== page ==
The Reader’s Personality: At the age of 7, I figured out that Santa Claus didn’t exist. Every Christmas, however, I want to believe he’s real. I want to suspend my disbelief. I love reading about Santa, watching movies about Santa, and pretending for just one evening that some old man with a reindeer sleigh gives all of us presents. I press the I Believe Button willingly because the magic of Christmas still sparkles for me.

I am also the type of person who wishes that the world of Tolkien was real. I wish magical things existed, and that’s one of the reasons I read speculative fiction. Some people don’t have those desires, and they will tend to read mainstream fiction.

The Reader’s Experience: A reader’s reality filters also vary based on their experience. A few years ago, I received an email forward about Santa Claus written by an engineer. The essay discussed the physics of Santa Claus. After counting the number of households in Western Hemisphere and calculating how fast Santa’s sleigh needed to be in order to hit each house, the engineer concluded that the necessary acceleration of the sleigh would be so high that the reindeer, sleigh, toys, and Santa would disintegrate. The point: This man’s experience with physics and lab work, combined with his personality, made him immune to the world of make-believe. (Personally, I think this poor man needed to get out of the lab a little more often and enjoy some eggnog.)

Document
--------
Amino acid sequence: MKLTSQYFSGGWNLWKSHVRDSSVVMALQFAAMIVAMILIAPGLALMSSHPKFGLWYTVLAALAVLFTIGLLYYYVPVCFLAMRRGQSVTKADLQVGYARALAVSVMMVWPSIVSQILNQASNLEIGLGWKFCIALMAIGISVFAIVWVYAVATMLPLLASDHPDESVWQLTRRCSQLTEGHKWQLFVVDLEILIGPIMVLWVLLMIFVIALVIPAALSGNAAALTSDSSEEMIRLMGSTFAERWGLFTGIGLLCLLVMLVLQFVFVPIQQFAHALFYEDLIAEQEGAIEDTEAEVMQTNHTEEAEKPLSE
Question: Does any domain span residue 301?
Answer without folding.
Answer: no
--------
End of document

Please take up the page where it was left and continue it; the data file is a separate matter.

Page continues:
The reader’s experience is most important when writing science fiction, steampunk, or paranormal fiction. If you are dabbling in these genres, make sure you live up to your readers’ experience. (For example, some sci-fi fans don’t like Star Wars because there is no sound in space, and George Lucas added sound in the movie.)

Our job as writers of speculative fiction is to push our world through these filters. We need our readers to believe in wi-fi. We need our readers to choose to suspend their disbelief about Santa Claus.